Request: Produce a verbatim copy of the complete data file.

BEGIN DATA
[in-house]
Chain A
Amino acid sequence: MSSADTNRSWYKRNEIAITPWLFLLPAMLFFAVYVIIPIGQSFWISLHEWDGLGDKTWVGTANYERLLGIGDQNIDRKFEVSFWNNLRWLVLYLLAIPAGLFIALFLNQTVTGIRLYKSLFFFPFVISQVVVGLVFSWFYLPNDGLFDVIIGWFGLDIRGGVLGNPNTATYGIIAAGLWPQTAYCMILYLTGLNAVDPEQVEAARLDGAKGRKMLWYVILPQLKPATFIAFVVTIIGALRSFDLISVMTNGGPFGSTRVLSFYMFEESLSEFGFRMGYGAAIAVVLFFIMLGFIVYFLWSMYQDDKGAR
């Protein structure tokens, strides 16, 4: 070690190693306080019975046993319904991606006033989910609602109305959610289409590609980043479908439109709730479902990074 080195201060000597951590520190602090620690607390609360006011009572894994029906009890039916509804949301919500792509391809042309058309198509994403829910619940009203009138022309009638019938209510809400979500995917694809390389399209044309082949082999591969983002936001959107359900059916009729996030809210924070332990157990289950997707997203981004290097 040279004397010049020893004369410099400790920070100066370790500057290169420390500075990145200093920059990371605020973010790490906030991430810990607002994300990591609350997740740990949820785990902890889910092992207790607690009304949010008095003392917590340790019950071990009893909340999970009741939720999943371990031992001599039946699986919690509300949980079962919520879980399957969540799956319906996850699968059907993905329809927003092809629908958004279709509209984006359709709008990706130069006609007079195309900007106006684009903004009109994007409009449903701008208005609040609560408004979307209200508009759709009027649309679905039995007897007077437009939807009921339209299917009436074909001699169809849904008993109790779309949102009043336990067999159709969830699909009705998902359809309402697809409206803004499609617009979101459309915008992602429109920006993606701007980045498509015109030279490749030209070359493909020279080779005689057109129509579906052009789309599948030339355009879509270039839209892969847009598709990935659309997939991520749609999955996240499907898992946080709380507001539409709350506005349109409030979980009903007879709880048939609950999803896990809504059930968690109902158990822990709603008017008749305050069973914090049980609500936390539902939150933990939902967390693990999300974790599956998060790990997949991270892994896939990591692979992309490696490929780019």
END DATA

[in-house]
Chain A
Amino acid sequence: MSSADTNRSWYKRNEIAITPWLFLLPAMLFFAVYVIIPIGQSFWISLHEWDGLGDKTWVGTANYERLLGIGDQNIDRKFEVSFWNNLRWLVLYLLAIPAGLFIALFLNQTVTGIRLYKSLFFFPFVISQVVVGLVFSWFYLPNDGLFDVIIGWFGLDIRGGVLGNPNTATYGIIAAGLWPQTAYCMILYLTGLNAVDPEQVEAARLDGAKGRKMLWYVILPQLKPATFIAFVVTIIGALRSFDLISVMTNGGPFGSTRVLSFYMFEESLSEFGFRMGYGAAIAVVLFFIMLGFIVYFLWSMYQDDKGAR
């Protein structure tokens, strides 16, 4: 070690190693306080019975046993319904991606006033989910609602109305959610289409590609980043479908439109709730479902990074 080195201060000597951590520190602090620690607390609360006011009572894994029906009890039916509804949301919500792509391809042309058309198509994403829910619940009203009138022309009638019938209510809400979500995917694809390389399209044309082949082999591969983002936001959107359900059916009729996030809210924070332990157990289950997707997203981004290097 040279004397010049020893004369410099400790920070100066370790500057290169420390500075990145200093920059990371605020973010790490906030991430810990607002994300990591609350997740740990949820785990902890889910092992207790607690009304949010008095003392917590340790019950071990009893909340999970009741939720999943371990031992001599039946699986919690509300949980079962919520879980399957969540799956319906996850699968059907993905329809927003092809629908958004279709509209984006359709709008990706130069006609007079195309900007106006684009903004009109994007409009449903701008208005609040609560408004979307209200508009759709009027649309679905039995007897007077437009939807009921339209299917009436074909001699169809849904008993109790779309949102009043336990067999159709969830699909009705998902359809309402697809409206803004499609617009979101459309915008992602429109920006993606701007980045498509015109030279490749030209070359493909020279080779005689057109129509579906052009789309599948030339355009879509270039839209892969847009598709990935659309997939991520749609999955996240499907898992946080709380507001539409709350506005349109409030979980009903007879709880048939609950999803896990809504059930968690109902158990822990709603008017008749305050069973914090049980609500936390539902939150933990939902967390693990999300974790599956998060790990997949991270892994896939990591692979992309490696490929780019």